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John Deere cuts production and jobs as sales fall – Agriland.co.uk

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The slow down in tractor sales is now starting to bite deep, with John Deere declaring that it is not only underproducing tractors, but has also made lay offs among its staff at its North American plants, with more redundancies to come.

In the company’s latest earnings call, president of the Worldwide Agriculture & Turf Division; Production and Precision Ag, Americas and Australia, Deere & Co, Cory J. Reed, said:

“This is probably best exemplified by our decision to underproduce large tractor retail demand in North America in the back half of the year.

“We ended 2023 with really low levels of large tractor inventory, but we think it’s prudent to drive those levels even lower as we close out our 2024.

“The key here, is that by staying ahead of demand changes, we’re giving ourselves the optionality to react most efficiently to whichever way the market moves in the next year.”

According to various reports published in the United States, the lay-offs involve between 700 and 1,000 staff at Waterloo, Des Moins and Illonois.

No direct mention of these were made in the earnings call, although there was much emphasis placed on cost control measures.

Waterloo, in Iowa, is the company’s major production facility manufacturing some of the Deere’s largest tractors. These include the 7, 8 and 9 series models, along with engines and drive trains.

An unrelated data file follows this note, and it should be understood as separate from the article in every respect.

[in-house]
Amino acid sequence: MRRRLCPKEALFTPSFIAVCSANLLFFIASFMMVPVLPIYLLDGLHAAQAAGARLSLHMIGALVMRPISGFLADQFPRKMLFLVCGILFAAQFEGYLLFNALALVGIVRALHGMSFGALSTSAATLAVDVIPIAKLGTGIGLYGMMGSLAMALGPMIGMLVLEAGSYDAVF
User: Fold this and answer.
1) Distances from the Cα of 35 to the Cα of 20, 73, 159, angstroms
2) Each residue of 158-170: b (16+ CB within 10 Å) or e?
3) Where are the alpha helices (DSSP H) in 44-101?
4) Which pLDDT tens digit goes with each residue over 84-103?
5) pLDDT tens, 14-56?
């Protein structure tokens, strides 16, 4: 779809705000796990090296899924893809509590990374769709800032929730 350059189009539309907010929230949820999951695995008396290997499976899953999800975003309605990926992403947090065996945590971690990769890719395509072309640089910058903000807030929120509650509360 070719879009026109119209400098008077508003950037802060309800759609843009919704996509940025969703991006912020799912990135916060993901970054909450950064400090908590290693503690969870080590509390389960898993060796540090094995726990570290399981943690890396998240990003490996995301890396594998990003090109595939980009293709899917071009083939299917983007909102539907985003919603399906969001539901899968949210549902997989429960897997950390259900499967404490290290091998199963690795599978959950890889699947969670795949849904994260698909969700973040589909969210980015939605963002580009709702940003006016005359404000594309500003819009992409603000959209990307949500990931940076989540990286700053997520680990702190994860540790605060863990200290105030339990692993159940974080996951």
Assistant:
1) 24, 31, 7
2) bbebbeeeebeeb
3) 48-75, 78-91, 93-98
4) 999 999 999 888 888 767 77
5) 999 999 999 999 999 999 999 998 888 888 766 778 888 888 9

Glum outlook from John Deere

This action is being taken as the company reviews its outlook for the rest of the year, with sales now forecast to be down between 15% and 25%, depending on segment and region.

John Deere has taken on board the issue of primary crop margins being forecast to drop further, with stocks being higher than average thanks to several years of good growing conditions and record yields globally.

High interest rates are recognised as one major disincentive to purchase at present

It also points out that used inventories are high, and high interest rates are discouraging farmers from investing in new machinery at present.

However, management boards of large American corporations are not known for their pessimism.

While 2024 may be looking a little rough, it is believed an elevated fleet age, stable land values and strong farmer balance sheets will restore sales to a more agreeable level.

New products for 2025

Two further points of interest that arose in the question and answer session were that the company is planning a large product launch for 2025, which will involve new tractors and combines.

John Deer tractor ploughing
Bigger tractors are in demand from farmers looking for used tractors according to John Deere

The second is that over the last 10 years, the number of 300hp+ tractors in dealers yards has increased from 30% to 70%, with a slight reduction in the number of units.

The higher power demand from implements such as seed drills, will, the company feels, ensure a healthy demand for large used tractors.

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